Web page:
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Racing is a family tradition for Decatur’s Kayla Pittman
Kayla Pittman has been driving race cars since she was 8 years old.
She has barreled down a straightaway at over 100 mph in a full-size stock car and been involved in numerous wrecks during her years behind the steering wheel at tracks around the Pacific Northwest.
But you won’t see the 16-year-old Decatur High School junior driving around the streets of Federal Way any time soon. Mainly because she doesn’t even have her driver’s license yet.
“I’ve done driver’s ed,” Pittman said with a smile. “I just haven’t went to get my license. My teacher said I was a pretty good driver during my class. I told him I’ve been driving a race car since I was eight.”
Racing is in her blood. The whole Pittman family is involved in the sport, traveling in a huge motor home and fifth-wheel trailer. She is a third generation racer. Her grandfather, Chuck Pittman, raced late model stock cars in the 1960s and ‘70s and her dad, Darryl, raced quarter midgets in the 1970s.
Chuck is essentially the crew chief for Pittman’s cars, doing some engine and body work. Also, her 14-year-old sister, Tarah, and 12-year-old brother, Chase, also race. Both attend Lakota Middle School. The family atmosphere around the race track is something that has appealed to Pittman.
“People at the track are all super nice people,” Pittman said. “They are people I will stay friends with for a long time. It’s something the whole family can do.”
But racing cars isn’t really the norm for a high school girl in Federal Way. While most girls are playing soccer, basketball and softball, Pittman is watching her grandpa doing body work and tuning up an engine.
“A lot of people say negative things,” Pittman said. “Things like, ‘Oh, that’s so easy. All you do is turn left.’ Then you get the people who think it’s cool and want to come watch you and stuff.”
Later this month, Pittman will enter a new stage in her very successful racing career when she starts her first season in the in the Northwest Pro4 Alliance. It’s a huge jump in classes. Pittman has spent her entire career racing in cars called quarter midgets, which are essentially go karts with lawnmower engines.
Pittman’s Pro4 car is a full-body 2004 Ford Taurus and will produce about 275 horsepower and run at speeds of 100 mph or more.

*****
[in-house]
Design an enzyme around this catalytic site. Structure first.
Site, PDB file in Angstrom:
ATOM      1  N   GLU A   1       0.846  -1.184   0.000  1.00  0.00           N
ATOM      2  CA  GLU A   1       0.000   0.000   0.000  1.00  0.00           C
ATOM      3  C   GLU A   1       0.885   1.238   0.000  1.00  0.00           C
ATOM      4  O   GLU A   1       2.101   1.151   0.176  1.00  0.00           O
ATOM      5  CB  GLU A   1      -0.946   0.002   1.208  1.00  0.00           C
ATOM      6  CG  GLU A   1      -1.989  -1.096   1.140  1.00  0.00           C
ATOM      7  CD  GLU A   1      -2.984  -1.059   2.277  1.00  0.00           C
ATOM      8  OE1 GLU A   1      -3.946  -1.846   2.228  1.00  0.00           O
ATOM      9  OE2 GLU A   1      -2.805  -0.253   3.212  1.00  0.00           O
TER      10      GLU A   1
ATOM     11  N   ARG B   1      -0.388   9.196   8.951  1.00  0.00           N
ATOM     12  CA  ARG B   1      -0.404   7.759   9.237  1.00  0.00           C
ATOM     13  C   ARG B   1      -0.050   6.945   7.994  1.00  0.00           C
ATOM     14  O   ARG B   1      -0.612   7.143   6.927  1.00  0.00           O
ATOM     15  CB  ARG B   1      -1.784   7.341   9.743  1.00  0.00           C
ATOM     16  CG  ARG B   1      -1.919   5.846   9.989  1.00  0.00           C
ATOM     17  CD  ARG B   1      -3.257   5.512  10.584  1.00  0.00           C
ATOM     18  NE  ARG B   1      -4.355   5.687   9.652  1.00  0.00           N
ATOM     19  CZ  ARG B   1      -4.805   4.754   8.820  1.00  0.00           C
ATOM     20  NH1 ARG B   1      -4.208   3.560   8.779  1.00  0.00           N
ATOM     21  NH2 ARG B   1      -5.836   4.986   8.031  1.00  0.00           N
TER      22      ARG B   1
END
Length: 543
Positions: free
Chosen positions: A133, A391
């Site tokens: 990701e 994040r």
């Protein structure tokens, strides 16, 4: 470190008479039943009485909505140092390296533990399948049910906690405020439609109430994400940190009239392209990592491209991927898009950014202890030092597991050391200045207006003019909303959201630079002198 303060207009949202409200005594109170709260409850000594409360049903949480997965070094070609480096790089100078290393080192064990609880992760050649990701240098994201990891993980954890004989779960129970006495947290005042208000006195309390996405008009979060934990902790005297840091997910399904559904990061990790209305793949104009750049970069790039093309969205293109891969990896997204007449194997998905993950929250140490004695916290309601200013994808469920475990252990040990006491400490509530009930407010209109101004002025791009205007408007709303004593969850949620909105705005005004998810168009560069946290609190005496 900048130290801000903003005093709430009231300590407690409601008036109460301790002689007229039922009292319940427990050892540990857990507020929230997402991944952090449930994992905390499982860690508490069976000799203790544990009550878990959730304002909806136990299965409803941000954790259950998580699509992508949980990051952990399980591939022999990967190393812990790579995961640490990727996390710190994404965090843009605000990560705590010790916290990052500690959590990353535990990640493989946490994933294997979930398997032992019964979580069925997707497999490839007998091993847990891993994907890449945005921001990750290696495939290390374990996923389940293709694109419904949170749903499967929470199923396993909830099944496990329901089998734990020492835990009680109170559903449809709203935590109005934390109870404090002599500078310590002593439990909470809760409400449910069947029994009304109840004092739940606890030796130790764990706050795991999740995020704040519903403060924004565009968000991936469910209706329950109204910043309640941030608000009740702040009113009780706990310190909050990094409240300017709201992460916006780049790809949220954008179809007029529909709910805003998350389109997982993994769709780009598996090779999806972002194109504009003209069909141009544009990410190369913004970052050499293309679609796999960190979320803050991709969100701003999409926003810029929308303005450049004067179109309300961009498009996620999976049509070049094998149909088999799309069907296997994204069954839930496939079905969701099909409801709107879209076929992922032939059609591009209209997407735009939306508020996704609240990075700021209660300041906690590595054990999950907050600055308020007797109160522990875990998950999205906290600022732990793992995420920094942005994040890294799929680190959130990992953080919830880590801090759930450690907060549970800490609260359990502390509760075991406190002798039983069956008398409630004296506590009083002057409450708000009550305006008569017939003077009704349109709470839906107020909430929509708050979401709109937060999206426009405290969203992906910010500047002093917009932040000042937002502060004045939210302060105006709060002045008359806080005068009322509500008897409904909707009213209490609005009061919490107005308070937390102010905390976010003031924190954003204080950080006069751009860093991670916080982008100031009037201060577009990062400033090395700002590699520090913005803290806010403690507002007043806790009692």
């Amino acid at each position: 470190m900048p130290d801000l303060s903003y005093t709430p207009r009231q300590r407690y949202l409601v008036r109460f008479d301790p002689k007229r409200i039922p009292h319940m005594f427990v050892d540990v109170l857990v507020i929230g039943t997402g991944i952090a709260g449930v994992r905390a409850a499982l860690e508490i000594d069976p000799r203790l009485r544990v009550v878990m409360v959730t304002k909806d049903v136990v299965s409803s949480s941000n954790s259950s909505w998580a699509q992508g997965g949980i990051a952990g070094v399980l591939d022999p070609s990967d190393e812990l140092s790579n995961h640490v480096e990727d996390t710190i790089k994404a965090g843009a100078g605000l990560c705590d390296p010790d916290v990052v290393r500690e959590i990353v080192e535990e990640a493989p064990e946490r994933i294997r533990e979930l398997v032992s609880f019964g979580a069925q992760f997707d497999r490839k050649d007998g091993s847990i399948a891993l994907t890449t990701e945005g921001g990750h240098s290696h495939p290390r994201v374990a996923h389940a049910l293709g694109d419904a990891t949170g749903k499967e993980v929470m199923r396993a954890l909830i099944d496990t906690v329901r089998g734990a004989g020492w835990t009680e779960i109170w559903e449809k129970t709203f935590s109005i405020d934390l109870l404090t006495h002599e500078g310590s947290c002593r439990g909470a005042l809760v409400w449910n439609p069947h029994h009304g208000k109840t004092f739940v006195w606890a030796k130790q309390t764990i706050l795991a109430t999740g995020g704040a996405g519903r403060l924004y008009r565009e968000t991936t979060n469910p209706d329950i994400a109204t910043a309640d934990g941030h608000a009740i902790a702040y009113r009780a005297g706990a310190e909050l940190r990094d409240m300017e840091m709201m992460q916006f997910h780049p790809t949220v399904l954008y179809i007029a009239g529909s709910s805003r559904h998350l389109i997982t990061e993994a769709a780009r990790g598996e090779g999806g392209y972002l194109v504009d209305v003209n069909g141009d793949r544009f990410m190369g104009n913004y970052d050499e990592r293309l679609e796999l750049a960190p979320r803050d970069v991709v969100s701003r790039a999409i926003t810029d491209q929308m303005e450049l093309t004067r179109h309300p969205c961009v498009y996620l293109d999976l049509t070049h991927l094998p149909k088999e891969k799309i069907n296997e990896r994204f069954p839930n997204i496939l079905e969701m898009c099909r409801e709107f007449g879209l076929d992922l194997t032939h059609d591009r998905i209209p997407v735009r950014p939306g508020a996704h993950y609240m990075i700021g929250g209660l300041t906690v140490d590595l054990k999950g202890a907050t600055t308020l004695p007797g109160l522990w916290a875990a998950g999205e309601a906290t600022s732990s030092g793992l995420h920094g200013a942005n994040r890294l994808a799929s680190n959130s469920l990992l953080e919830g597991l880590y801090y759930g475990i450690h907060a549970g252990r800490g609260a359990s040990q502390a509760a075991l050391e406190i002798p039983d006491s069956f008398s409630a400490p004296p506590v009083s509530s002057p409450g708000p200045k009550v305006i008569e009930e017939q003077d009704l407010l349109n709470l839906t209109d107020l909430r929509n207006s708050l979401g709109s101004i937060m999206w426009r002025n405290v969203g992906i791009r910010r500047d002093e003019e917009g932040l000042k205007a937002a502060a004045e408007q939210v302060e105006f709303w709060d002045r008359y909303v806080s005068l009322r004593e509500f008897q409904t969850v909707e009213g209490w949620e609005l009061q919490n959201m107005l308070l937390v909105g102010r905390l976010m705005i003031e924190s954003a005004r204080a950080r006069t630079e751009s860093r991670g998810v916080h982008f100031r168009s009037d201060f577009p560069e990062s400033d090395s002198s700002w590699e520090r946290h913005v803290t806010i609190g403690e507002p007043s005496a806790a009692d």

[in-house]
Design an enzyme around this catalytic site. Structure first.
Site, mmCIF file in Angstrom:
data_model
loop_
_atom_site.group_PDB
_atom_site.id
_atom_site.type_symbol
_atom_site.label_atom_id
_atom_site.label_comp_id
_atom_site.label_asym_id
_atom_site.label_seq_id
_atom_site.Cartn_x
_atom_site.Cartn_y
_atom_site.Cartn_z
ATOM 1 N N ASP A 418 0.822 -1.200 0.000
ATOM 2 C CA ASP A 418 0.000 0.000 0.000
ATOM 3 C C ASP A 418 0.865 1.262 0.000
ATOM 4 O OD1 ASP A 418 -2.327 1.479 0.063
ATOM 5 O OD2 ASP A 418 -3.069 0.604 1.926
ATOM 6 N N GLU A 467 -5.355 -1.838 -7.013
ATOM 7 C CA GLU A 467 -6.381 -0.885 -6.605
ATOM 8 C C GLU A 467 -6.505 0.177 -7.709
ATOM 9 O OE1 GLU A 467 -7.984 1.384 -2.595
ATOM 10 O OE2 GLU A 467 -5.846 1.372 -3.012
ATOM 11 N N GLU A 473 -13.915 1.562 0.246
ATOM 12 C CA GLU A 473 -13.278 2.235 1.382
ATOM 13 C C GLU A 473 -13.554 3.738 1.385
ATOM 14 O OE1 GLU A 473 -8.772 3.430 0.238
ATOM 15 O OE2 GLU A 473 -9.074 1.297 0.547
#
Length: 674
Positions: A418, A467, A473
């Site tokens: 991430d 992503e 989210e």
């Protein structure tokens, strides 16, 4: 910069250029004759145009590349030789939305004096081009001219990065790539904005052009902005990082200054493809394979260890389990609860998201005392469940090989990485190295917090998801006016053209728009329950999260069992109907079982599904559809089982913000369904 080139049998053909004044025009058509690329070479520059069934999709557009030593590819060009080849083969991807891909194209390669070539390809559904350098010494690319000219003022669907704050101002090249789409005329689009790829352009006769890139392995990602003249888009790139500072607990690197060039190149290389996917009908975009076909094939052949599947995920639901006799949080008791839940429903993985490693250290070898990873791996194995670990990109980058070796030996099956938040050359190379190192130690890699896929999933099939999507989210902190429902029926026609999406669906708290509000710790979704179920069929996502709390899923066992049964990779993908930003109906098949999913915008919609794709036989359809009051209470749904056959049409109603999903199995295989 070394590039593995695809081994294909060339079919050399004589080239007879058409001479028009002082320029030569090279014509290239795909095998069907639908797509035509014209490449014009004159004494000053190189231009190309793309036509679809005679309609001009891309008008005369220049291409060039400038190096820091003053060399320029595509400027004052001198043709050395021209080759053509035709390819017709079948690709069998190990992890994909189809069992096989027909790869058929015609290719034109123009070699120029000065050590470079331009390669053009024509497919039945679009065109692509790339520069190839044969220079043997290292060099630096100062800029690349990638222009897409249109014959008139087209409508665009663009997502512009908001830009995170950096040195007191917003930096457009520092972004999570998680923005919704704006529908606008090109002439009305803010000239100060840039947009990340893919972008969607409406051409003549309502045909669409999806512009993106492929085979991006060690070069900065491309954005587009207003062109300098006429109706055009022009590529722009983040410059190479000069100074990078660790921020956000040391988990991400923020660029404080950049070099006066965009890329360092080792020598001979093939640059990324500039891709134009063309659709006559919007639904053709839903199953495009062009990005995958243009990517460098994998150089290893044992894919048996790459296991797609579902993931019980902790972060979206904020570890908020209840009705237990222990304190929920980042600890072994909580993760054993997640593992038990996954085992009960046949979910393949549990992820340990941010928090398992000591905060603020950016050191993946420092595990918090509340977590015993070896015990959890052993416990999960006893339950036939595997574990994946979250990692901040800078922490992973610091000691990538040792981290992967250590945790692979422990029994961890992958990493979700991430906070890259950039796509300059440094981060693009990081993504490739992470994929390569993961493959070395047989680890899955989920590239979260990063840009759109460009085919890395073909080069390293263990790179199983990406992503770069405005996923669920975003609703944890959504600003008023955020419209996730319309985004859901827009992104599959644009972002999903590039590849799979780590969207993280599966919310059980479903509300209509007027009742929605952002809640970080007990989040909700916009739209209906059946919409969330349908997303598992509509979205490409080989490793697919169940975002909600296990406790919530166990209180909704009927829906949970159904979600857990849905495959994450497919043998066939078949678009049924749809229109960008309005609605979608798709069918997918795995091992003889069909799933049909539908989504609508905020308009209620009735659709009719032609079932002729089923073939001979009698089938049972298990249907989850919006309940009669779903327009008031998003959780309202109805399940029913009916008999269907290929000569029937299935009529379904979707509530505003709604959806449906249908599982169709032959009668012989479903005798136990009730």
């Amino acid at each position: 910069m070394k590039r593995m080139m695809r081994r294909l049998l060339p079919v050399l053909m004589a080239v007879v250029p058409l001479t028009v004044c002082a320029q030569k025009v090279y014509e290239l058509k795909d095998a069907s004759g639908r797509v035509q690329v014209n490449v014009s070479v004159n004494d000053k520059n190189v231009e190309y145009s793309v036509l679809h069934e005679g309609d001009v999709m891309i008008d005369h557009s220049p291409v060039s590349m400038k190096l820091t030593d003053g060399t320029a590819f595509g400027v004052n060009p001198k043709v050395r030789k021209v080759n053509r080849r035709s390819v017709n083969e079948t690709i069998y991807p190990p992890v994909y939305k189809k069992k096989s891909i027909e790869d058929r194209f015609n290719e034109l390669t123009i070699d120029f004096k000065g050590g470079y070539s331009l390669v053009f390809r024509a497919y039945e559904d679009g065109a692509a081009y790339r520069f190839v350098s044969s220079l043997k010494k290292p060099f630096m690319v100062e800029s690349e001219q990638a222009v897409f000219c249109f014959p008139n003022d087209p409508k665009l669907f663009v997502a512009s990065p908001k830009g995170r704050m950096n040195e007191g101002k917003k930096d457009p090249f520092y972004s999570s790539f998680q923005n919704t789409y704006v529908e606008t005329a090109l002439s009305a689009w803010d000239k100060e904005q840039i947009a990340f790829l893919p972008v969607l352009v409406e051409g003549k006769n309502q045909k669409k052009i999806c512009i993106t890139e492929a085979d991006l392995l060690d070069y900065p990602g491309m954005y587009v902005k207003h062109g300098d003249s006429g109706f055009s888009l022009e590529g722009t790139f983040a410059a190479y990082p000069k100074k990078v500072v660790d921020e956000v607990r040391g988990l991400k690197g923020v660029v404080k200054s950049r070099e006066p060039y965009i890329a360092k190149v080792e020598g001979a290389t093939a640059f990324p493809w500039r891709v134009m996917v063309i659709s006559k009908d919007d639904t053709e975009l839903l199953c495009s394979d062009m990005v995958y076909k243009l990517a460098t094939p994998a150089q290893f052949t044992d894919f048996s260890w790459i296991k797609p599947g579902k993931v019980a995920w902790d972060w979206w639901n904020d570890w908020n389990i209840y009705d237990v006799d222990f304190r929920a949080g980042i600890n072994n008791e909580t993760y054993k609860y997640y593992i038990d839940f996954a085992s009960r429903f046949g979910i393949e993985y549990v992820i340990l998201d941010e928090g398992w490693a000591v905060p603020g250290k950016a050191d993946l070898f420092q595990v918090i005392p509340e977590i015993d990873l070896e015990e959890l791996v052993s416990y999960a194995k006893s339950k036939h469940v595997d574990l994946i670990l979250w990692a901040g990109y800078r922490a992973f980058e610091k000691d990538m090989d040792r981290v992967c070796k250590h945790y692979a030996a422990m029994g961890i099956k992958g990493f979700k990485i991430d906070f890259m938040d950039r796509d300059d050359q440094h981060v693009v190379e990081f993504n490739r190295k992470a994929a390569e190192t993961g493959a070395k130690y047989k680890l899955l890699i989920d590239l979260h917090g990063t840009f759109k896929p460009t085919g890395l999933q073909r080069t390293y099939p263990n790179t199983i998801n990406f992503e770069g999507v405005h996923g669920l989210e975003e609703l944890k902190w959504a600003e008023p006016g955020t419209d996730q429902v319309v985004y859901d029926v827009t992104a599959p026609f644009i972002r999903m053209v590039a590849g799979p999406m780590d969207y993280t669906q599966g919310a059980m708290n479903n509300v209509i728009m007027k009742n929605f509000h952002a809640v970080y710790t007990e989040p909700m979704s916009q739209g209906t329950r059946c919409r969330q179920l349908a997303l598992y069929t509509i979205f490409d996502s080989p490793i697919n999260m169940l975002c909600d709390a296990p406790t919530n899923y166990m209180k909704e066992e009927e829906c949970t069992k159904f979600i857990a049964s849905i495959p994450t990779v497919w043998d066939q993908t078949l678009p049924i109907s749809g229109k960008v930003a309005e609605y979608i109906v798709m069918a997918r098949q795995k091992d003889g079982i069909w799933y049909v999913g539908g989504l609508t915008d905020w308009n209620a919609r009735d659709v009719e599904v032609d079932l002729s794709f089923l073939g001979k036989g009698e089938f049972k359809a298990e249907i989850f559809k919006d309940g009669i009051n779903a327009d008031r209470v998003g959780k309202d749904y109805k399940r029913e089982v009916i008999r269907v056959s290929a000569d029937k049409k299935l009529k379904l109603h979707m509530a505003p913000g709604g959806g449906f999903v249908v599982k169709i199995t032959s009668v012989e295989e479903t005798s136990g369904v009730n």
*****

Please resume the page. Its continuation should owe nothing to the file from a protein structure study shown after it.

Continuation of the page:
“I have been racing quarter midgets for a while and now I’m ready to move up to something bigger,” Pittman said.
The Northwest Pro4 season will take the Pittmans all over the Pacific Northwest in places like Twin Falls, Ida., Spokane and Yakima, among others. She will also be competing in the FSRCA Series at the South Sound Speedway in Rochester.
The Pittmans bought the Pro4 car which finished as the runner-up in last year’s championship points race.
“The car is good enough and she’s good enough,” Chuck Pittman said. “She is going to surprise some people.”
Kayla Pittman began racing in a quarter-midget car one month before her ninth birthday in 2004 and has excelled at every level, progressing through faster and more competitive classes year after year. She has a grand total of 112 trophies with the largest standing 5-feet tall, which came after she won the Dirt Grand National Championship in 2010.
“I just love driving fast,” Pittman said. “I just love everything about it. There is a lot of adrenaline and you get excited. It’s very uplifting.”
The quarter-midget cars are exactly how they sound. They are approximately one-quarter the size of a full-size midget car. Children 5 through 16 are eligible to participate in the numerous quarter-midget classifications. Tracks are typically banked ovals one-twentieth of a mile long, and have a surface of dirt, concrete or asphalt. The Quarter Midgets of America club boasts more than 4,000 members and 50 clubs nationwide.
Pittman won her first junior novice feature race during her first season in a car in 2004.
She set her first track record in 2006 and was the recipient of the “President’s Inspirational Award” that same year. In 2007, Pittman was voted the senior driver of the year and won her first season championship in the CKA Winter Dirt Series. She followed with another season title in 2008 in the Briggs World Formula Division.
In 2009, Pittman took another huge step forward in her racing career by making her first grand national “A” main event appearance, finishing second. The next year, Pittman was the Northwest States race champion and won the dirt grand national championship in the Light Briggs World Formula category.
“Obviously, my ultimate goal would be NASCAR,” Pittman said. “That would be awesome. But we are just going to see what happens. What kind of things come up.”
Pittman Racing is seeking sponsorship for its Pro 4 Late Model stock car program. In exchange for sponsorship money, a business or individual will get their name displayed on her car and trailer, along with other perks.
For more information, contact Darryl Pittman at (206) 714-0107 or email firstname.lastname@example.org.